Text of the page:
Data from: Do agri-environment schemes result in improved water quality?
Jones, John Iwan et al. (2017), Data from: Do agri-environment schemes result in improved water quality?, Dryad, Dataset, https://doi.org/10.5061/dryad.j9f6m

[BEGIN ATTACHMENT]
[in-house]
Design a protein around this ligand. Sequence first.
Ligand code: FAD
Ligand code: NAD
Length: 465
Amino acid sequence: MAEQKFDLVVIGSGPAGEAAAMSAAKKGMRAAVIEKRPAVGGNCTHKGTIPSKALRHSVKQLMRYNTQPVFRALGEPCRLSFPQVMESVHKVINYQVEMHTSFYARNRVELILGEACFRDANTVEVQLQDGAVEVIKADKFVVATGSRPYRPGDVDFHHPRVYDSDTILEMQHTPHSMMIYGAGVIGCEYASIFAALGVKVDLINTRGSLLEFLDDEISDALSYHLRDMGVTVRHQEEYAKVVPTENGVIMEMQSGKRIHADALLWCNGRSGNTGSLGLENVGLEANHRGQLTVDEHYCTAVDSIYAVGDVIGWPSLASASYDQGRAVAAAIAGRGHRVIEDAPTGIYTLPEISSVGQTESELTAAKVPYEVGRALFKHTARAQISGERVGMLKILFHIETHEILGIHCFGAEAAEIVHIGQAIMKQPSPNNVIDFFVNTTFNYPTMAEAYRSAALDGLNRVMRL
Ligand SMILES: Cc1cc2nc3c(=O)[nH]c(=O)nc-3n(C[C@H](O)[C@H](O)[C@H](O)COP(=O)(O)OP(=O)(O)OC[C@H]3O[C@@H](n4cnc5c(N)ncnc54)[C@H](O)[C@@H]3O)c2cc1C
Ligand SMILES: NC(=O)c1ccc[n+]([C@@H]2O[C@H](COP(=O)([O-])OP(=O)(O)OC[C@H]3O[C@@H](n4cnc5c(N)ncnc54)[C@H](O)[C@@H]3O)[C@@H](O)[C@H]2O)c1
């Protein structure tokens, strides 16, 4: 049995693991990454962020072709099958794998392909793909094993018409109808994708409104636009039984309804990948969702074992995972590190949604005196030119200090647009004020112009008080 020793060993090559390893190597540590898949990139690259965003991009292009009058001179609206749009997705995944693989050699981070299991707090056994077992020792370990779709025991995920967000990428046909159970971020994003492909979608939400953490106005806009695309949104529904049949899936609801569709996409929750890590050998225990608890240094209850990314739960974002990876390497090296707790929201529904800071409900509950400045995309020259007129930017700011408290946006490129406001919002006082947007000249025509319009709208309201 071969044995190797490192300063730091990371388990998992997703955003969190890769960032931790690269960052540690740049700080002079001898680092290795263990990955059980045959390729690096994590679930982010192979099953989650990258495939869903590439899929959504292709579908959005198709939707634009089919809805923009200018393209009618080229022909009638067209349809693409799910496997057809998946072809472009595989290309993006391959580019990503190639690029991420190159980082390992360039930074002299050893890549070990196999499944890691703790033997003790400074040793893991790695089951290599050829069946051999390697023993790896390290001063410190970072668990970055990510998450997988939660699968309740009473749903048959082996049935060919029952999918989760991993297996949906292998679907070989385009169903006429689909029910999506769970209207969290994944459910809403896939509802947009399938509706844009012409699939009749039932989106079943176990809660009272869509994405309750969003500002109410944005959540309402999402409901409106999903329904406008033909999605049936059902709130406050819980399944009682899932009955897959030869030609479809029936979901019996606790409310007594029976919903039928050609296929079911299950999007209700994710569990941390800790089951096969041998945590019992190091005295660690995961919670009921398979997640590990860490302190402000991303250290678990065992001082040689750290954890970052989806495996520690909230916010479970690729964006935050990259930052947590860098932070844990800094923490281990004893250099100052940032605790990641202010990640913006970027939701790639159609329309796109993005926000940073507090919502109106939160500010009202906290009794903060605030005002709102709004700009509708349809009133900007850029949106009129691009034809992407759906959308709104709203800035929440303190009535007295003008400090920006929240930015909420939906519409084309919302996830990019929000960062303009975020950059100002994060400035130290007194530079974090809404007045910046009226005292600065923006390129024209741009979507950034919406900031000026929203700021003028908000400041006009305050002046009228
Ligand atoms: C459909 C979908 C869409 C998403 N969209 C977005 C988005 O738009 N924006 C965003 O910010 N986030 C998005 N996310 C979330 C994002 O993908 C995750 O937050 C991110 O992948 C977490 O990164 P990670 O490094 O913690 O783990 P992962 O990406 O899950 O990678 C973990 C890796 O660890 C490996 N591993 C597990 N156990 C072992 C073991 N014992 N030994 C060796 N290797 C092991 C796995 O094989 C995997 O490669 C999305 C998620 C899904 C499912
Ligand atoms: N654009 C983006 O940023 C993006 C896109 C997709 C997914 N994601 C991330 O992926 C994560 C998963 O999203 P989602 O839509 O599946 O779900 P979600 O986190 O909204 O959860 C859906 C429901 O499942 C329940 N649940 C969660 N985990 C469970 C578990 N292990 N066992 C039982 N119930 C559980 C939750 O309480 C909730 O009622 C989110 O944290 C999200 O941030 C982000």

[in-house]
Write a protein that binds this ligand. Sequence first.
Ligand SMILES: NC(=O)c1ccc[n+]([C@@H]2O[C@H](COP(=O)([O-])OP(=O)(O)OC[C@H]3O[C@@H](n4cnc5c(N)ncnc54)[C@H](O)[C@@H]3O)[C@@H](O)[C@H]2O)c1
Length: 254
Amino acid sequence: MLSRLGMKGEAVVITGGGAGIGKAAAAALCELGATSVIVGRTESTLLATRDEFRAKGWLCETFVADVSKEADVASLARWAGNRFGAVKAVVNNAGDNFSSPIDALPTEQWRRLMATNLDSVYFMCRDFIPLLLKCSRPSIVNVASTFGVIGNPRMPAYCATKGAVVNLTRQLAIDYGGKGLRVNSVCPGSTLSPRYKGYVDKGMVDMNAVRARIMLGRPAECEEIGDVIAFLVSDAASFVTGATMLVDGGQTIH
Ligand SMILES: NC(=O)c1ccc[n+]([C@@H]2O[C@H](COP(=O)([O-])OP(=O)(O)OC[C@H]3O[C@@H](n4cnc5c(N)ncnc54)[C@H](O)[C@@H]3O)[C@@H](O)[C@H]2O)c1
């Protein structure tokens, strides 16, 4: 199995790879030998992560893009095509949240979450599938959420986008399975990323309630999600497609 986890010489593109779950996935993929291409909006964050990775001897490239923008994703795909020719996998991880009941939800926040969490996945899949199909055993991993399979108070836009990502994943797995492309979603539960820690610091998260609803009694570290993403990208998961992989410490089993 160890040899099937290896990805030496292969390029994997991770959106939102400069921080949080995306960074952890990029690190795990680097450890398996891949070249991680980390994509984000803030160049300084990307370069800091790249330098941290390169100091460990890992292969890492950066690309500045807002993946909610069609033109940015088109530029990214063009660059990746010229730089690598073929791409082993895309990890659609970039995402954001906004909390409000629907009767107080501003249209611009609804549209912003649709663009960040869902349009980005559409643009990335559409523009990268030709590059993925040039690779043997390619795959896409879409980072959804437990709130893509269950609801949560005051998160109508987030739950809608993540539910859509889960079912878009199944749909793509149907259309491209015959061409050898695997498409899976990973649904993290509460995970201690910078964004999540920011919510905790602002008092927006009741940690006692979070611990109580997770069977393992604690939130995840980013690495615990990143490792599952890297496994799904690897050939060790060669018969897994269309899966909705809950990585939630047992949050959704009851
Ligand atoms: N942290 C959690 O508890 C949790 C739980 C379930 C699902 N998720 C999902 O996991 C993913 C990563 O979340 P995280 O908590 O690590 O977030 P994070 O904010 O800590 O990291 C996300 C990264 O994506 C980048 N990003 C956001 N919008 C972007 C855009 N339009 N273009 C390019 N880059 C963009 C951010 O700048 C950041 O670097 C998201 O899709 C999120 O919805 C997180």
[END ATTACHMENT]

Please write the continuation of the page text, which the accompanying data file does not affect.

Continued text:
Improved water quality, through a reduction in diffuse pollution from agricultural sources, is an expected benefit of agri-environment schemes, but this has yet to be demonstrated in practice. Here, we evaluate the impact of Welsh agri-environment schemes on water quality and freshwater ecosystem condition through a combined monitoring and modelling framework. To determine the influence of the agri-environment schemes on ecosystem condition, spatially independent catchments dominated by a single scheme (>40% of catchment) were compared to control catchments dominated (>70%) by agricultural land that was not part of any scheme. Biological indicators of water quality were monitored at the outfall of each catchment and a spatially explicit modelling framework of diffuse pollutant emissions applied to each of the 80 catchments. Direct comparison (scheme/non-scheme) was unable to identify any significant effect of agri-environment scheme participation. However, derived biological indicators that reflected organic pollution, eutrophication and pesticide run-off were strongly correlated with modelled concentrations of corresponding diffuse pollutants, thus providing a ground-truth for the models. Scenarios that assessed the correct counterfactuals (i.e. the influence of scheme entry on pollutant output) were developed for the whole of Wales. The models indicated an important effect of scheme entry on water quality, but this effect was not evenly distributed across the landscape. Synthesis and applications. Our results indicate that agri-environment schemes can deliver improvements in water quality, through a reduction in diffuse pollution from agricultural sources. However, it is not easy to demonstrate scheme effectiveness; the combination of field survey and modelling used here provides a framework for addressing these difficulties. A spatially targeted approach for agri-environment scheme options to protect water resources from diffuse pollution is likely to be most effective at delivering water quality improvements.